The work will look at all aspects of the sector to identify where and how improvements can be made to generate growth.
The study will report in summer 2015 and is expected to make recommendations that could benefit areas including:
- ship financing, ownership and operation
- maritime education, skills, research and technology
- the government administration of maritime activities, including ship registration and other policies
Shipping and ports minster John Hayes said:
The UK maritime sector is a great success story, contributing billions each year to the economy and employing up to 260, 000 people across the country, helping our island nation with daily life, from trainers to the food on our supermarket shelves.
But we should not be complacent. I want to explore all we can do to grow the sector.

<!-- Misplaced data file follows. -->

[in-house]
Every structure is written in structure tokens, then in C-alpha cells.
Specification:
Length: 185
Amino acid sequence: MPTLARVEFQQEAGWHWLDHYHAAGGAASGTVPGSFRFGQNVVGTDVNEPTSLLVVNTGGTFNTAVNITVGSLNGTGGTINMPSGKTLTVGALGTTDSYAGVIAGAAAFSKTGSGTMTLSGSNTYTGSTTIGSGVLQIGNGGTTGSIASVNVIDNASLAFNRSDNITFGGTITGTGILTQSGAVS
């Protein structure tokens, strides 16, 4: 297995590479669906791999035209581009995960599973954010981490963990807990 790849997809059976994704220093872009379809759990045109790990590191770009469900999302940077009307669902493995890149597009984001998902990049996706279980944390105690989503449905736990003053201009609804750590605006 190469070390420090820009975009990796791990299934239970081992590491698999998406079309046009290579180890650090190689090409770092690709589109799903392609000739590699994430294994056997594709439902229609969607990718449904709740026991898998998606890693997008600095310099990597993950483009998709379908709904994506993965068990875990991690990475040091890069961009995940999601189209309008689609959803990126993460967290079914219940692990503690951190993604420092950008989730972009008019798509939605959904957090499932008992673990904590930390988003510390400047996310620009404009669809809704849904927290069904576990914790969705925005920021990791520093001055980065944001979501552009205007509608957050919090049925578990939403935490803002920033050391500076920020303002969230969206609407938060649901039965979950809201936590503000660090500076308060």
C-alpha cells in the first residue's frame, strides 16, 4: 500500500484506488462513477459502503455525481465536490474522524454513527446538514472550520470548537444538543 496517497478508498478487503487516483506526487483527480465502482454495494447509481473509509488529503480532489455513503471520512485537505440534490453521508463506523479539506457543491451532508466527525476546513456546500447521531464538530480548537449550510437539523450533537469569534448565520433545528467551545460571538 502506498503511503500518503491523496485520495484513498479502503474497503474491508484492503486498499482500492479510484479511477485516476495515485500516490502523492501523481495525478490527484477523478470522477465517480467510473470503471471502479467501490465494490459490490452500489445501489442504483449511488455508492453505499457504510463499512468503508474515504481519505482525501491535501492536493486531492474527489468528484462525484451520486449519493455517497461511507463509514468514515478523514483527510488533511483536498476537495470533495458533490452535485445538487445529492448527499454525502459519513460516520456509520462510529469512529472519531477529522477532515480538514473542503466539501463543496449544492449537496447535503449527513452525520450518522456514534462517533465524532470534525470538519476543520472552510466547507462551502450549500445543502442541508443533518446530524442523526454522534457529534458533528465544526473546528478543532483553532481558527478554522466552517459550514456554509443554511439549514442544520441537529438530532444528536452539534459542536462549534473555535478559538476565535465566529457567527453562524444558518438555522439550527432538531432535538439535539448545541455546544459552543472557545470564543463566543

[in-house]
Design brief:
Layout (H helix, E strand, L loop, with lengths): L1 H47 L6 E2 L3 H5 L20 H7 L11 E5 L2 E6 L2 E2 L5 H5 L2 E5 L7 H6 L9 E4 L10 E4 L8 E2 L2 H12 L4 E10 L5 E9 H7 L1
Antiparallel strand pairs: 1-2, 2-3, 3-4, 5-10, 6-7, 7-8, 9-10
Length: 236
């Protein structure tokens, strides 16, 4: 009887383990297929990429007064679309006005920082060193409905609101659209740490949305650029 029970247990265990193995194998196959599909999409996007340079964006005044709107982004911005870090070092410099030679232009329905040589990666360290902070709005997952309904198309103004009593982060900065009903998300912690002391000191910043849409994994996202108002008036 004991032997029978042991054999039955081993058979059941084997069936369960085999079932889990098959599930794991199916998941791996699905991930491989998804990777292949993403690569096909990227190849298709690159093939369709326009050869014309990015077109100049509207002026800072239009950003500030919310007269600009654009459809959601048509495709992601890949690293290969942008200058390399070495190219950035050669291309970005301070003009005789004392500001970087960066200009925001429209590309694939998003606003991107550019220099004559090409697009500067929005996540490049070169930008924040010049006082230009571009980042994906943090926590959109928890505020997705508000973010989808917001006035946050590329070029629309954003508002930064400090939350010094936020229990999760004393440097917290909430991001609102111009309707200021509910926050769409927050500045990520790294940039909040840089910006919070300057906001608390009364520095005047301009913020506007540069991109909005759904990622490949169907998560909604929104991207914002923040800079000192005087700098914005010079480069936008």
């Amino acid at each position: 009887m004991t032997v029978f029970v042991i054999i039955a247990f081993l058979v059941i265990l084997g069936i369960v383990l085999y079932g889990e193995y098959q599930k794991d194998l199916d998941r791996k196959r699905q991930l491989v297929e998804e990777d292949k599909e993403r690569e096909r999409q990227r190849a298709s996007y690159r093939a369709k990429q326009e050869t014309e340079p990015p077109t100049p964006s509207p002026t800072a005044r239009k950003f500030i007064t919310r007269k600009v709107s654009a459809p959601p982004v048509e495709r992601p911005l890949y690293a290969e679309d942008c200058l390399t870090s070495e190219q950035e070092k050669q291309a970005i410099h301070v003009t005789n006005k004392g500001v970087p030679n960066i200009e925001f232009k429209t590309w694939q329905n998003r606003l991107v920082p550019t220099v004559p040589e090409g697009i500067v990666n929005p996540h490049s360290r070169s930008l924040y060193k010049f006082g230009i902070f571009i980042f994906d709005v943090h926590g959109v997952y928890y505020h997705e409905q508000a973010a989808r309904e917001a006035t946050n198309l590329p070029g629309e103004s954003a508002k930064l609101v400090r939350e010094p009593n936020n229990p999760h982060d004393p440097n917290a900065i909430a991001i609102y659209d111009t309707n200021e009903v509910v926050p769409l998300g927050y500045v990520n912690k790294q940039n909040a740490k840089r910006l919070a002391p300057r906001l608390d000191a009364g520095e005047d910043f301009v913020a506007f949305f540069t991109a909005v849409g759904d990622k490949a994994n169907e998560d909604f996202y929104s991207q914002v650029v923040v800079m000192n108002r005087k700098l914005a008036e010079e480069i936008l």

The maritime growth study will look to maintain and enhance this achievement by ensuring the maritime sector can succeed in the future. We want to keep the industry at the heart of the government’s long term economic plan. A great maritime sector for a Great Britain.
The study will be chaired by Jeffrey Evans, a director at international shipbroker Clarksons and the chairman of Maritime UK, which brings together the voices of the shipping, ports and business service sectors.
Jeffrey Evans said:
I am delighted to have been asked to chair this important study by the government. Britain is a world leader in maritime, but we face increasing competition from abroad.
With world trade set to increase significantly over the next 20 years, it is crucial that we investigate what more can be done to grow this key national asset to secure jobs and economic benefits for the UK.
The UK government works closely with the industry to maximise growth, for instance by investing £15 million to support maritime training for seafarers.
The maritime sector directly contributes up to around £14 billion to the UK economy and directly supports the employment of up to around 260, 000 people. Industry figures suggest the sector could be contributing up to around £32 billion a year to the economy and supporting the employment of up to around 630, 000 people when indirect effects are included.